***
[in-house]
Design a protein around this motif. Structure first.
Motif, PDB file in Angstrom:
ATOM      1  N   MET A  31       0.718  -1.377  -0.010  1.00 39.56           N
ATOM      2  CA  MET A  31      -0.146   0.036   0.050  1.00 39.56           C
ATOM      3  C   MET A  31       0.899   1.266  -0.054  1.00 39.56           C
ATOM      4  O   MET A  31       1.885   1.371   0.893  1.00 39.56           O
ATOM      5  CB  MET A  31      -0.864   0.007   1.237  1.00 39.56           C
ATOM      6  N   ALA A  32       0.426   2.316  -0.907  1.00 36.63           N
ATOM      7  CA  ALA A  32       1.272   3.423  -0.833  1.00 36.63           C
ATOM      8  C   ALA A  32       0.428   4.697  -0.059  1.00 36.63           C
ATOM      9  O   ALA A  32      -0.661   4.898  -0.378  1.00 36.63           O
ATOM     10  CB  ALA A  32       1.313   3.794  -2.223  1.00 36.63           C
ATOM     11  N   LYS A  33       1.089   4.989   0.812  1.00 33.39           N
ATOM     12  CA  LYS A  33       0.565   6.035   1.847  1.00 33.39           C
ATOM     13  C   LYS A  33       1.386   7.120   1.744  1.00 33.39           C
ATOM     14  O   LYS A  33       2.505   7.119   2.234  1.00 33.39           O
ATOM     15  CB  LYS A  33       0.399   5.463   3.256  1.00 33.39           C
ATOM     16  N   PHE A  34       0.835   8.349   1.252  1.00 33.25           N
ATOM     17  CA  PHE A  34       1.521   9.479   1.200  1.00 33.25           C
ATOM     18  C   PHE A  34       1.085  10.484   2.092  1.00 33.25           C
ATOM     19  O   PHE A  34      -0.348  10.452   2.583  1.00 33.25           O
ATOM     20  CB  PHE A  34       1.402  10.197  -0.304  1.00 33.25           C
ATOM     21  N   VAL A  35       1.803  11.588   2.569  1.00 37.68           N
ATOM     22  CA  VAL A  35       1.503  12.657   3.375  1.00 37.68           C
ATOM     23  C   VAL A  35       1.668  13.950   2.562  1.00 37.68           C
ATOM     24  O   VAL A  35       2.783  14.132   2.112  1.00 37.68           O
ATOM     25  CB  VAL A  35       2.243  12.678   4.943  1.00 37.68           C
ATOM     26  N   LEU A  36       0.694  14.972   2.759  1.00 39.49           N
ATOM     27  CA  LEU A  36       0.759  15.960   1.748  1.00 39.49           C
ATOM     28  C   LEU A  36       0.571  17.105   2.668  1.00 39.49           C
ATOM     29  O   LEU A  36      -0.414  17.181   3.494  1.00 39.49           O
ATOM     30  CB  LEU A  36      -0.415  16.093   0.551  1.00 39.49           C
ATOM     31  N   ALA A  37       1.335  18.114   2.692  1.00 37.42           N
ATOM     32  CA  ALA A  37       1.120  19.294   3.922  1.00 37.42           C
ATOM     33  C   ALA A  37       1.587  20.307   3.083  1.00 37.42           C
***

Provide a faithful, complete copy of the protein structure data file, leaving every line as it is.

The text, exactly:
[in-house]
Design a protein around this motif. Structure first.
Motif, PDB file in Angstrom:
ATOM      1  N   MET A  31       0.718  -1.377  -0.010  1.00 39.56           N
ATOM      2  CA  MET A  31      -0.146   0.036   0.050  1.00 39.56           C
ATOM      3  C   MET A  31       0.899   1.266  -0.054  1.00 39.56           C
ATOM      4  O   MET A  31       1.885   1.371   0.893  1.00 39.56           O
ATOM      5  CB  MET A  31      -0.864   0.007   1.237  1.00 39.56           C
ATOM      6  N   ALA A  32       0.426   2.316  -0.907  1.00 36.63           N
ATOM      7  CA  ALA A  32       1.272   3.423  -0.833  1.00 36.63           C
ATOM      8  C   ALA A  32       0.428   4.697  -0.059  1.00 36.63           C
ATOM      9  O   ALA A  32      -0.661   4.898  -0.378  1.00 36.63           O
ATOM     10  CB  ALA A  32       1.313   3.794  -2.223  1.00 36.63           C
ATOM     11  N   LYS A  33       1.089   4.989   0.812  1.00 33.39           N
ATOM     12  CA  LYS A  33       0.565   6.035   1.847  1.00 33.39           C
ATOM     13  C   LYS A  33       1.386   7.120   1.744  1.00 33.39           C
ATOM     14  O   LYS A  33       2.505   7.119   2.234  1.00 33.39           O
ATOM     15  CB  LYS A  33       0.399   5.463   3.256  1.00 33.39           C
ATOM     16  N   PHE A  34       0.835   8.349   1.252  1.00 33.25           N
ATOM     17  CA  PHE A  34       1.521   9.479   1.200  1.00 33.25           C
ATOM     18  C   PHE A  34       1.085  10.484   2.092  1.00 33.25           C
ATOM     19  O   PHE A  34      -0.348  10.452   2.583  1.00 33.25           O
ATOM     20  CB  PHE A  34       1.402  10.197  -0.304  1.00 33.25           C
ATOM     21  N   VAL A  35       1.803  11.588   2.569  1.00 37.68           N
ATOM     22  CA  VAL A  35       1.503  12.657   3.375  1.00 37.68           C
ATOM     23  C   VAL A  35       1.668  13.950   2.562  1.00 37.68           C
ATOM     24  O   VAL A  35       2.783  14.132   2.112  1.00 37.68           O
ATOM     25  CB  VAL A  35       2.243  12.678   4.943  1.00 37.68           C
ATOM     26  N   LEU A  36       0.694  14.972   2.759  1.00 39.49           N
ATOM     27  CA  LEU A  36       0.759  15.960   1.748  1.00 39.49           C
ATOM     28  C   LEU A  36       0.571  17.105   2.668  1.00 39.49           C
ATOM     29  O   LEU A  36      -0.414  17.181   3.494  1.00 39.49           O
ATOM     30  CB  LEU A  36      -0.415  16.093   0.551  1.00 39.49           C
ATOM     31  N   ALA A  37       1.335  18.114   2.692  1.00 37.42           N
ATOM     32  CA  ALA A  37       1.120  19.294   3.922  1.00 37.42           C
ATOM     33  C   ALA A  37       1.587  20.307   3.083  1.00 37.42           C